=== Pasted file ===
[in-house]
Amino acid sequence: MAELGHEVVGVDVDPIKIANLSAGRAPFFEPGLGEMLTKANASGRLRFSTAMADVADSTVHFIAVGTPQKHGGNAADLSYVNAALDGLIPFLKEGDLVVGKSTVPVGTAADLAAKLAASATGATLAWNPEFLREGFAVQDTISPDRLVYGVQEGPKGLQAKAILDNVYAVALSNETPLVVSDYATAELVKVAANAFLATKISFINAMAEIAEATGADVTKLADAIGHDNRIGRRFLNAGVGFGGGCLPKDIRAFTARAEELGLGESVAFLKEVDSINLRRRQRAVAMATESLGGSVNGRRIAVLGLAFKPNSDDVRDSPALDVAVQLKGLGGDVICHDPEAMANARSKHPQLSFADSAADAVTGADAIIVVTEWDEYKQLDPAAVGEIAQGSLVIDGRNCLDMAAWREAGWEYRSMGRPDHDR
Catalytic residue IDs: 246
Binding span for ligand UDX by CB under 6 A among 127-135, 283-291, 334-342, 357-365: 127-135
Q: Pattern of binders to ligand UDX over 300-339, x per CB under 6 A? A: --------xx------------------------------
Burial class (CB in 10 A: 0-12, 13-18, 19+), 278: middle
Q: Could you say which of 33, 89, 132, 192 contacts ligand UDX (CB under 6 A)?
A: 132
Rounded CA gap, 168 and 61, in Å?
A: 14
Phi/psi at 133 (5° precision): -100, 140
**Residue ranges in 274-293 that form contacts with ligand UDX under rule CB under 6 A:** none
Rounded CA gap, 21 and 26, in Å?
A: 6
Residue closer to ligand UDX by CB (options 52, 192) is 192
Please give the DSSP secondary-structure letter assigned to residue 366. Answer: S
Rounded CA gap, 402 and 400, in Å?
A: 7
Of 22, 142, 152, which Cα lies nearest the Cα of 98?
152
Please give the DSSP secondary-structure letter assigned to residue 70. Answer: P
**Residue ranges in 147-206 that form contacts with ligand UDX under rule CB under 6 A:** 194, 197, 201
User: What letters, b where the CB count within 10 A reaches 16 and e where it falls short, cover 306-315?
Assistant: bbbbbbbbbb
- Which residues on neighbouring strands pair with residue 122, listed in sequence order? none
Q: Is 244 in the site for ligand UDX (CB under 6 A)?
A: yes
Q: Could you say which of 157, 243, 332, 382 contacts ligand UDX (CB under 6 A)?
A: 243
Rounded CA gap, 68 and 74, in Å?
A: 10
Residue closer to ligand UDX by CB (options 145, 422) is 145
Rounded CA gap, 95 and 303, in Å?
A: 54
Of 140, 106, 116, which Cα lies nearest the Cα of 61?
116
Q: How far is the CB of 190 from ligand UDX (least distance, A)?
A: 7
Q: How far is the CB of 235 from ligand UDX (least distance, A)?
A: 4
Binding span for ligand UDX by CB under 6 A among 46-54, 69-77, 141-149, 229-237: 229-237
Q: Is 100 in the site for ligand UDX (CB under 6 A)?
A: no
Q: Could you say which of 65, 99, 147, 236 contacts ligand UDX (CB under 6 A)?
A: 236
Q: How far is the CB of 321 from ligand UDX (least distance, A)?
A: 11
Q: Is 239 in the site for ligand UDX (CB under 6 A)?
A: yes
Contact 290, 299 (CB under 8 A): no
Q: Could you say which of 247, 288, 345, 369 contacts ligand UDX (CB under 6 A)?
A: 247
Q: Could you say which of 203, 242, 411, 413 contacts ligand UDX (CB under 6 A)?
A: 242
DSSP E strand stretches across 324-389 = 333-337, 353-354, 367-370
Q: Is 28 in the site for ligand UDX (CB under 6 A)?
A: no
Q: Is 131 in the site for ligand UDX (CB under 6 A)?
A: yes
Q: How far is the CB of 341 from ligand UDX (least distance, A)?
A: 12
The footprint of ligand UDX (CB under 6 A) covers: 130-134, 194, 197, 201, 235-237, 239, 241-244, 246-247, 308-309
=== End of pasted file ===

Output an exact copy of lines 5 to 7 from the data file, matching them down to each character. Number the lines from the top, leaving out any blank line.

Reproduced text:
Q: Pattern of binders to ligand UDX over 300-339, x per CB under 6 A? A: --------xx------------------------------
Burial class (CB in 10 A: 0-12, 13-18, 19+), 278: middle
Q: Could you say which of 33, 89, 132, 192 contacts ligand UDX (CB under 6 A)?